I have been reading on other reviews that this game is really hard in the beginning and heck easy after. Well, I don't know if this is because I have played the game a lot or something, but I find the game overall terribly easy. People complain that you are presented to a 100 times stronger opponent than you, if they are talking about Ray, then let's face it, it's an optional battle, and the other guy at his door is much easier if you customize your initial blade with the parts you can get from somewhere.
Still, it's a bit hard to catch up with the Beybattle concept, especially when you launch your blade, be extremely careful, because if you launch your blade too soon or too late, if you have another one, you will lose the one you where using and ALL THE PARTS that where with it, so be careful. Should you try to make boosts by pressing the "A" button twice in the launching sequence, holding it to get a good boost, which will give you an edge in the battle.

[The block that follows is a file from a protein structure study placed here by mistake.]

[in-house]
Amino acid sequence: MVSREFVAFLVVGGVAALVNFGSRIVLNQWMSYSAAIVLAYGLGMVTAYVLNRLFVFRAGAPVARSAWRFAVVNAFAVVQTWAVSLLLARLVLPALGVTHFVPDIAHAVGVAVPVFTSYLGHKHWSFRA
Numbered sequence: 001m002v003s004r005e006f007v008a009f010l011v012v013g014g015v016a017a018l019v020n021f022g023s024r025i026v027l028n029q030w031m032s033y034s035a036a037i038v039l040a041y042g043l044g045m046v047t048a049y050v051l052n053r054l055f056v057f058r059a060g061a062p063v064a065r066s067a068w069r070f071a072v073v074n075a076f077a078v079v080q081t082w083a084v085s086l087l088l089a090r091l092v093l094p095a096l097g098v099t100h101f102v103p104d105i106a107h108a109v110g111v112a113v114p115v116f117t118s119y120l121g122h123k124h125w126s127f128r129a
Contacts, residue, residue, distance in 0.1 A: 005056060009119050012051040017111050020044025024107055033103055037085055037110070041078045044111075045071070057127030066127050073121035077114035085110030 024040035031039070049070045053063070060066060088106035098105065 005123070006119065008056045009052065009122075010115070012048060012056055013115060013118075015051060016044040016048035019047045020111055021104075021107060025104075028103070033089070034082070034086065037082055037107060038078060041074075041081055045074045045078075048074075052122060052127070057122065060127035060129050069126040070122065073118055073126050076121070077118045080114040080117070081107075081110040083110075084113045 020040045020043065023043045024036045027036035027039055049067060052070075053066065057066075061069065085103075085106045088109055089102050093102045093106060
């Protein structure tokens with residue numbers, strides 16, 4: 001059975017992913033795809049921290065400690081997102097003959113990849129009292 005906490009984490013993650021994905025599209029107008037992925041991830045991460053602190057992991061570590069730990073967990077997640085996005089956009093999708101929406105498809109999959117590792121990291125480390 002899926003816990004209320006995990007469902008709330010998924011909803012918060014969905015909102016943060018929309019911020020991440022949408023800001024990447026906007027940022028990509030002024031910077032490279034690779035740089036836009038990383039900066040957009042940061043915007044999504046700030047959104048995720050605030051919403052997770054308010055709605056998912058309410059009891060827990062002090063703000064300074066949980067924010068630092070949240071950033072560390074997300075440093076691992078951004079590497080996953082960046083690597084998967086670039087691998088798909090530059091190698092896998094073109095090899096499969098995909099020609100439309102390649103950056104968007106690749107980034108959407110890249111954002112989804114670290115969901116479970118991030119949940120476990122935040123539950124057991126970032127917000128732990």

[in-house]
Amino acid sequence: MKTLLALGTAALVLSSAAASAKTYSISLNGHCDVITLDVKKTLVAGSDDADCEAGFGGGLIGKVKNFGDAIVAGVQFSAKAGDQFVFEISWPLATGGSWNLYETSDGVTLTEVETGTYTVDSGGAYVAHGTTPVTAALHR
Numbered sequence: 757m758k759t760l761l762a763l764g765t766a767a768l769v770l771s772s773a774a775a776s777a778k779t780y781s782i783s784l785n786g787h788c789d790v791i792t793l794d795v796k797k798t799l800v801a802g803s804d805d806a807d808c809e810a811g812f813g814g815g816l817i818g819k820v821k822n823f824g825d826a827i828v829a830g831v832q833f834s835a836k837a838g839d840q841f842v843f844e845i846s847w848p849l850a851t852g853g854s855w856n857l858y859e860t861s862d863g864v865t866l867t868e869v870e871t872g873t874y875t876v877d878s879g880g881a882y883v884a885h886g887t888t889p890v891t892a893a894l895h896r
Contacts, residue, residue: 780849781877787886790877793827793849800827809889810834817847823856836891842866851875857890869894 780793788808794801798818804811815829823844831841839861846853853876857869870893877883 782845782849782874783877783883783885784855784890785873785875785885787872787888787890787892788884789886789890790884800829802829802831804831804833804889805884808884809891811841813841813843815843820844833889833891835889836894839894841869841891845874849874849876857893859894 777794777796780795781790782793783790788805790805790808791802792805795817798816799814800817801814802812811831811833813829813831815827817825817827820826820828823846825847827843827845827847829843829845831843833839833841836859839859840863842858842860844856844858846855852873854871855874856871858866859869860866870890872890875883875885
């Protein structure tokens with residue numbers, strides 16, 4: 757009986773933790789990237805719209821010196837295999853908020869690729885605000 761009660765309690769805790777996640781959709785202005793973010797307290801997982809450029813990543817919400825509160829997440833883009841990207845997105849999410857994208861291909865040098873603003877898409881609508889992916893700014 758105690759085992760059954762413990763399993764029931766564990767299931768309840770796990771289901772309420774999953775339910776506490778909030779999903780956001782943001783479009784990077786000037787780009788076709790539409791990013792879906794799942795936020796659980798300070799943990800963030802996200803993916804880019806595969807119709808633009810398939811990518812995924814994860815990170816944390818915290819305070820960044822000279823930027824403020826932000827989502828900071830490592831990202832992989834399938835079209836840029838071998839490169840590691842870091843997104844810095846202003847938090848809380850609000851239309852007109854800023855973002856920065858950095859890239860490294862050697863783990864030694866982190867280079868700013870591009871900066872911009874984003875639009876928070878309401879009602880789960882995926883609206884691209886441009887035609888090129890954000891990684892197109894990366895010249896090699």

After you get all the gaming basics, the game turns a lot easier, and can get a lot fun, untill you get to the World Tournament, that is...
The controls answer quite well, although to activate the Engine Gear is a bit hard, but it's the only downgrade on them. In world game you use the arrows to walk around, "A" to talk and explore, B to run, simple. In battles you use the arrows to move the blade, the "A" button to attack (hold for stronger attacks, but don't do it for long, or you will lose the attack and probably get slammed back), "B" to defend (same as attack), "L" jumps and "R" dodges, "Up"+"Down"+"A" for a powerful combo, "START" freezes the battle, press again to unfreeze. Simple GBA button style.